The observation site is actually based on the northern site of Bin near Bubut hut near Kekak Quarry and Ketam Quarry (see map). Basically, it’s the OBS campsite beside Kekek Quarry. The site is around 4-5km away from the Pulau Bin Jetty start point and by foot, takes slightly less than an hour to traverse. The roads leading to the observation site have no signboards nor significant landmarks pointing to its direction for someone new to the island, therefore it is recommended that someone experienced lead the way should it be the first time the group is travelling to the ob site. (For us, it was JY in this case) The roads leading to the ob site also do not have any street lamps along the way, it is easy to get lost along the path once the sun sets especially nearer the end of the trail, when there are dirt trails(off road gravel tracks with rough terrain and rocks) and not paved streets. It is thus advisable to bring a torchlight in case one is unable to reach the ob site before nightfall. Also, there are no sources of potable water along the way, and also only 1 restroom stop. We managed to find the ob site even after nightfall due not only to the experience of JY but also due to the fact that a MP astro member managed to identify us. I will talk more about the observation site and the logistics involved later.
The observation site is actually a small clearing located in the middle of dense vegetation(trees). The clearing no longer has any grass due to previous campers clearing the error, making it a suitable place for placing groundsheets etc. as the insect count from vegetation is reduced. The vegetation provides a "perfect" cover from ambient city lights, such that the only light visible provided light discipline on the ground is the skyglow(light pollution) from Johor in the north and Singapore in the south. However the skyglow is prevalent enough such that the limiting apparent magnitude is around 4+, so Milky Way is not visible, even without cloud cover. The vegetation only rises about 30 degrees altitude above the horizon so it is acceptable.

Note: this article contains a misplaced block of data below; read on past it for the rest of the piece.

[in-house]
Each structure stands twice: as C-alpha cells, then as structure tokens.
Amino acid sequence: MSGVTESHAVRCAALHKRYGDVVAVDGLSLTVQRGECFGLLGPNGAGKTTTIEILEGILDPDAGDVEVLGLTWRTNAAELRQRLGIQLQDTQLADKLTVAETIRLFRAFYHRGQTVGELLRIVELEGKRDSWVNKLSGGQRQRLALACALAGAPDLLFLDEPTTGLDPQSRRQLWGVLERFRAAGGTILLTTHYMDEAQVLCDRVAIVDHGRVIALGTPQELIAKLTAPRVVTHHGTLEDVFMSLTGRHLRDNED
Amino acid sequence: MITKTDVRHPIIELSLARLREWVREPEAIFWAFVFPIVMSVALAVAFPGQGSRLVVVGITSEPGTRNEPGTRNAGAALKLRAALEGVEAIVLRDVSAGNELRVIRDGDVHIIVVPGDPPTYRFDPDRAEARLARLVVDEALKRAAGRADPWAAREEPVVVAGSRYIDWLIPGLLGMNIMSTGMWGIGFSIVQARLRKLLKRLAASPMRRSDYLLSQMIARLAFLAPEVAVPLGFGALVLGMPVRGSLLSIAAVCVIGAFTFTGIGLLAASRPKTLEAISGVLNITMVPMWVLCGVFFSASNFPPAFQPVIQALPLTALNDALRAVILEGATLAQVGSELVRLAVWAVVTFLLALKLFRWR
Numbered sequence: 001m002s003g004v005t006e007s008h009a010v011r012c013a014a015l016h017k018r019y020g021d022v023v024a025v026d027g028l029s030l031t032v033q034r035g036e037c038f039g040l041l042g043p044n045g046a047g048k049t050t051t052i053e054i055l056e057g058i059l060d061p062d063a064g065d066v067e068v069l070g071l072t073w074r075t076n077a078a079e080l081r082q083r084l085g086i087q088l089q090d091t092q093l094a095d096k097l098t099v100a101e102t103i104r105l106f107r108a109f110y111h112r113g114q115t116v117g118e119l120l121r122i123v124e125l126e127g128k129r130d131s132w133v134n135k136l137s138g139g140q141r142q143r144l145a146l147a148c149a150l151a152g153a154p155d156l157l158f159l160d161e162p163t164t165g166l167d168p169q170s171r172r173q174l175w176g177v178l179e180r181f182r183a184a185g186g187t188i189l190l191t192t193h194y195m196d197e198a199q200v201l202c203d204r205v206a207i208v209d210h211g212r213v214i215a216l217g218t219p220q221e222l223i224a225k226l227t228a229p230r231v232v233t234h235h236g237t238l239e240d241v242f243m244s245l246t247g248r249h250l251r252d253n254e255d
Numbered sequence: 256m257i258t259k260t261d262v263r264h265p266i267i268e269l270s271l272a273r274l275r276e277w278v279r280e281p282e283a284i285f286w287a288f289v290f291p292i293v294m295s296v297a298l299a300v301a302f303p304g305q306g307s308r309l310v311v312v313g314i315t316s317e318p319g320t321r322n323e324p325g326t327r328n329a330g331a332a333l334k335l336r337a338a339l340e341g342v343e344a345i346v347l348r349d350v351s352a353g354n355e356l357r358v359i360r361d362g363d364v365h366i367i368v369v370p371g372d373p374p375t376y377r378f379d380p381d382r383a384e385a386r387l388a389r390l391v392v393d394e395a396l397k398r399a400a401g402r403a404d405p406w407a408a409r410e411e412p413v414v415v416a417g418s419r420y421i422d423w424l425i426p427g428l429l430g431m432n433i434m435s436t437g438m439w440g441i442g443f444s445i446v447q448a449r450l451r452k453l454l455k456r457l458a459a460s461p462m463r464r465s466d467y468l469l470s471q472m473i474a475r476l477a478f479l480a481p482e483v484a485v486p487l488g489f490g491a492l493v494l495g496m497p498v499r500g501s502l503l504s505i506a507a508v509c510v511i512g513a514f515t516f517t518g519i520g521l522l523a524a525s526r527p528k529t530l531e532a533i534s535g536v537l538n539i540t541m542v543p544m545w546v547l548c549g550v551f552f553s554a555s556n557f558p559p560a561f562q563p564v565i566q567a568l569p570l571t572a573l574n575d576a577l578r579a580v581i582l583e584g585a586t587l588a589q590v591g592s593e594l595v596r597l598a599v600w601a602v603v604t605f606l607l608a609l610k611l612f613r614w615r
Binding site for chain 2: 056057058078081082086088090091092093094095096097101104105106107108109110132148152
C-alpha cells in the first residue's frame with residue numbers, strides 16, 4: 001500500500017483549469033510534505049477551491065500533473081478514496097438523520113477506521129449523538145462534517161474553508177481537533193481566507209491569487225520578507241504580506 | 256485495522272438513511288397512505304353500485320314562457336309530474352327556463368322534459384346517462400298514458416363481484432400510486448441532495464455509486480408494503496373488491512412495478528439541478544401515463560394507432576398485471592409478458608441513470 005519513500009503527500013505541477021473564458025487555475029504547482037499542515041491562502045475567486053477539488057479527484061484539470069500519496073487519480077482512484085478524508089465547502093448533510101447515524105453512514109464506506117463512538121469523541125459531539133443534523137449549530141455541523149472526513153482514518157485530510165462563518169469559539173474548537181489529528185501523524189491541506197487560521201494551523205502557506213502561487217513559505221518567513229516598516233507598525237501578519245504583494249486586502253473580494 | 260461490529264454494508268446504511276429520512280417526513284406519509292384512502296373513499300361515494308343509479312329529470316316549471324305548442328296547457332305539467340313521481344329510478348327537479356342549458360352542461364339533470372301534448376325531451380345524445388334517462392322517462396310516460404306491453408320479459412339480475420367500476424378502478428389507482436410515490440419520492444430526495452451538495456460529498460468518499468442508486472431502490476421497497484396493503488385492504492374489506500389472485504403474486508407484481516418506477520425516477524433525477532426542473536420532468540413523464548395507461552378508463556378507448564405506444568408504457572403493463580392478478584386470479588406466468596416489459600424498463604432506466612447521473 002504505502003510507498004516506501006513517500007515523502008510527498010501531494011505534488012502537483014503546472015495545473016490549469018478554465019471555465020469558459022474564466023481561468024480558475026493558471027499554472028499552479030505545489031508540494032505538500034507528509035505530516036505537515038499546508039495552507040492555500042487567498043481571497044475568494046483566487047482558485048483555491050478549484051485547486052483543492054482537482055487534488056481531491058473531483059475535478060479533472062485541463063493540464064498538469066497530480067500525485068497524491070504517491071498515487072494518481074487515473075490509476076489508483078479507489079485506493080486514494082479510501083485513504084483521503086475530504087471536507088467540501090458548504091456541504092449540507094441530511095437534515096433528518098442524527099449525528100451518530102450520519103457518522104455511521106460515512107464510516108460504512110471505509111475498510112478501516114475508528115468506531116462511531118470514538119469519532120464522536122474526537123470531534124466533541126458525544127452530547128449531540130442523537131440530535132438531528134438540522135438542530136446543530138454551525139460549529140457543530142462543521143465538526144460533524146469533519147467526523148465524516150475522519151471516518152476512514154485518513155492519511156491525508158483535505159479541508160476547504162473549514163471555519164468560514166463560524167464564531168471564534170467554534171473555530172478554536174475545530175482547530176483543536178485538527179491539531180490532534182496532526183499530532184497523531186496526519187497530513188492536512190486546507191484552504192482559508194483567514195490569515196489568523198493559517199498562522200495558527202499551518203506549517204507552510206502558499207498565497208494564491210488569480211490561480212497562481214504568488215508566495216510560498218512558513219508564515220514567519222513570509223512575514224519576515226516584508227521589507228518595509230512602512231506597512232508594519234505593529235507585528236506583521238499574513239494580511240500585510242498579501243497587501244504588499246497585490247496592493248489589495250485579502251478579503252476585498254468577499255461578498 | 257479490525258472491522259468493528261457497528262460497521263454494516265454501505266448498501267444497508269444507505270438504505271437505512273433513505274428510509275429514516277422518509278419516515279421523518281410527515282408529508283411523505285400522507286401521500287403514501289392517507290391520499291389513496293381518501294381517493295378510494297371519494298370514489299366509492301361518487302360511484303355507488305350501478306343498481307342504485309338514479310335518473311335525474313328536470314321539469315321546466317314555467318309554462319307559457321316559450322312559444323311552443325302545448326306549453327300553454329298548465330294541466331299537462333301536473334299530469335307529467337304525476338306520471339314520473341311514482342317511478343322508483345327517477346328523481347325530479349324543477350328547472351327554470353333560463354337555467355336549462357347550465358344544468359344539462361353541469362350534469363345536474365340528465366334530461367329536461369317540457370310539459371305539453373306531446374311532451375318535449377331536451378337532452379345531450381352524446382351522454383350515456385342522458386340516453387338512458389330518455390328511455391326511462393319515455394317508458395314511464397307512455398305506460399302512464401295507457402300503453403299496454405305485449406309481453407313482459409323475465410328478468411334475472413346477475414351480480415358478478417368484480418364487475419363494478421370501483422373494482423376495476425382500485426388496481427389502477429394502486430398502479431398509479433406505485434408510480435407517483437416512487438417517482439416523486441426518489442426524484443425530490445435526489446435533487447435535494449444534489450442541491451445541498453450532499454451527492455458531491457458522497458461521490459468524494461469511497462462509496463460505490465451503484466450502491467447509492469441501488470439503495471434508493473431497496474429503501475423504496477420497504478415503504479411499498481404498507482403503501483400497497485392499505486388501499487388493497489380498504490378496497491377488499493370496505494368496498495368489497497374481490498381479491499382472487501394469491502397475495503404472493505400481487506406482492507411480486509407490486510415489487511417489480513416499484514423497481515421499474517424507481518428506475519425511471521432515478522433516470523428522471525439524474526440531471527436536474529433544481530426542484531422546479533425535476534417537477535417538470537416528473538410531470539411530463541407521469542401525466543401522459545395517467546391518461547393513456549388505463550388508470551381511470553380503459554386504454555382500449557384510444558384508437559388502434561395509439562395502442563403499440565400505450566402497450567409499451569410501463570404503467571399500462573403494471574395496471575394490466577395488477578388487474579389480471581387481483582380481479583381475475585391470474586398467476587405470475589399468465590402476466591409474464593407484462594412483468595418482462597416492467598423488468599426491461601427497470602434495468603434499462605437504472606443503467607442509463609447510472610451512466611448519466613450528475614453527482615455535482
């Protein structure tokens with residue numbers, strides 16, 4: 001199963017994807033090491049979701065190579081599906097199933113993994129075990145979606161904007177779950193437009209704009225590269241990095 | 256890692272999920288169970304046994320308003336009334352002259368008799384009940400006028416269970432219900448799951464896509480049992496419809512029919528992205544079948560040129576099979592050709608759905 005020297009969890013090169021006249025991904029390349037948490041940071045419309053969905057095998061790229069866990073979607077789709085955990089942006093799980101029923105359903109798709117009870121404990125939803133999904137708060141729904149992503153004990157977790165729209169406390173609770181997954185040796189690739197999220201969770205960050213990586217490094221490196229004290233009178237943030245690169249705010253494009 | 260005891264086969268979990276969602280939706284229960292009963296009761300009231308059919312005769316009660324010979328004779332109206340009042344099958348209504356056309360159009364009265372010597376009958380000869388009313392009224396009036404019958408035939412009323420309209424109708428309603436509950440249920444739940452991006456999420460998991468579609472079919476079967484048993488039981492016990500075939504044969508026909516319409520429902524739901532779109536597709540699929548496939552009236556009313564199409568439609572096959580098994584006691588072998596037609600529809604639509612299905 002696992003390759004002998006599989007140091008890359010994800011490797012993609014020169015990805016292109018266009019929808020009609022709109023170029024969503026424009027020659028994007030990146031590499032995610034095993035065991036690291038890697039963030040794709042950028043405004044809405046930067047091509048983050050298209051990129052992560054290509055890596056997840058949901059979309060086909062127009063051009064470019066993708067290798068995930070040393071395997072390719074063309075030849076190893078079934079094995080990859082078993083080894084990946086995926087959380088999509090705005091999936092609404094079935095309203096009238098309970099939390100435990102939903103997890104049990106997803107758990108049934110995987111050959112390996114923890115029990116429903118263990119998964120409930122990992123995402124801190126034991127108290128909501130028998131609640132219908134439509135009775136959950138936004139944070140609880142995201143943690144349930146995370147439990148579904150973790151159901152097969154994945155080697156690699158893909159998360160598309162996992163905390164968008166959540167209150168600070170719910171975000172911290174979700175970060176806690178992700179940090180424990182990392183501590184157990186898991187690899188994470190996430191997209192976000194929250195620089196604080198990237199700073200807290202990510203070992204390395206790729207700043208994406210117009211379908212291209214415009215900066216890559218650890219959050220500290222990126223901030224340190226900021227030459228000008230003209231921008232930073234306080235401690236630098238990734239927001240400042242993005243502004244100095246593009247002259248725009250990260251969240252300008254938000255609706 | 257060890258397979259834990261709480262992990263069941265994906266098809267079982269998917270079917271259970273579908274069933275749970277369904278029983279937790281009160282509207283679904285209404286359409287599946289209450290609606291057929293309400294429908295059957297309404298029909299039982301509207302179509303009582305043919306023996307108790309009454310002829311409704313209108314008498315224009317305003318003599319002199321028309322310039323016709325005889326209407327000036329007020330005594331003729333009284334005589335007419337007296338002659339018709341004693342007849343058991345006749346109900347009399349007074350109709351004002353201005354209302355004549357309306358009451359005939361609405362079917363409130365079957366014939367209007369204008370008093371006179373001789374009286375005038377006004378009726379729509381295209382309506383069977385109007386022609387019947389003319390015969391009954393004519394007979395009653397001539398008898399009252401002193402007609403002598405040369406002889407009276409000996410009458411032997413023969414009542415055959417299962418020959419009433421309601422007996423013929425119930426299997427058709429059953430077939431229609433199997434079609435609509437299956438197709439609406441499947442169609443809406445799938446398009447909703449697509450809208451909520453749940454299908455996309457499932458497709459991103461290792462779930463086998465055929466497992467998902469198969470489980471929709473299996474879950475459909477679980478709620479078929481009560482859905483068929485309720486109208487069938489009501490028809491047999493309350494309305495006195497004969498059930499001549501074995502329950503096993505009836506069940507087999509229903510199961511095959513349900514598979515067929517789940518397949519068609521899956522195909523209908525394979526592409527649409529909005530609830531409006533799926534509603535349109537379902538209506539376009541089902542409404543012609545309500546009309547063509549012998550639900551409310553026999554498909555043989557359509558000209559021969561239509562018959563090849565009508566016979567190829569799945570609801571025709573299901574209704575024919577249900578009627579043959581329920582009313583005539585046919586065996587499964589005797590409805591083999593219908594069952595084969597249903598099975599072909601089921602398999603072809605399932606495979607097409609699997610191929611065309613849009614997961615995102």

Logistically wise, there is no food or potable water available nearby so one would need to bring their own. There is also no restroom nearby (the nearest one is over 2km away). There is also no shelter from the elements available nearby so a tent would be required in case of rain(debatable issue though, thankfully it didn’t rain).
When we reached the ob site there was actually major cloud cover. However, these were generally cumulonimbus or low-altitude clouds so I was personally confident that the wind would blow them over. We reached the campsite around 715pm, and while it was still dusk despite the major cloud cover several bright stars and objects could be easily identified, such as Arcturus, Saturn, Regulus, Castor and Pollux setting etc. However, at this point constellations could not be easily identified. The "weather" was hot and humid. The reception for handphone signals was also very poor, depending on the provider communication with the mainland was close to impossible. We also heard from the MP astro members that there was a fallen log blocking the dirt path to the camp site. Apparently the van carrying the scopes and other supplies had to stop at the fallen log (because it was impossible to pass through) and they carried all the scopes and supplies via hand to the ob site : / It is unsure at the point of writing whether NParks or OBS personnel have removed the fallen log.
Photo courtesy of Lim Jun Ying
MP Astro had brought 2 scopes, a 4.7 inch double element wide-field achromat(600mm f/l) and a 90mm(I think) triple element apo. While waiting for the clouds to blow over the the wide field achromat was set up and trained on Saturn. The seeing was really bad at the time so there was not much point in pushing magnification, at ~50X the rings could be seen, however Cassini division could not be resolved at the magnification. Detail was also not visible in the tiny disk at that magnification. Titan was visible on the far left of the planet.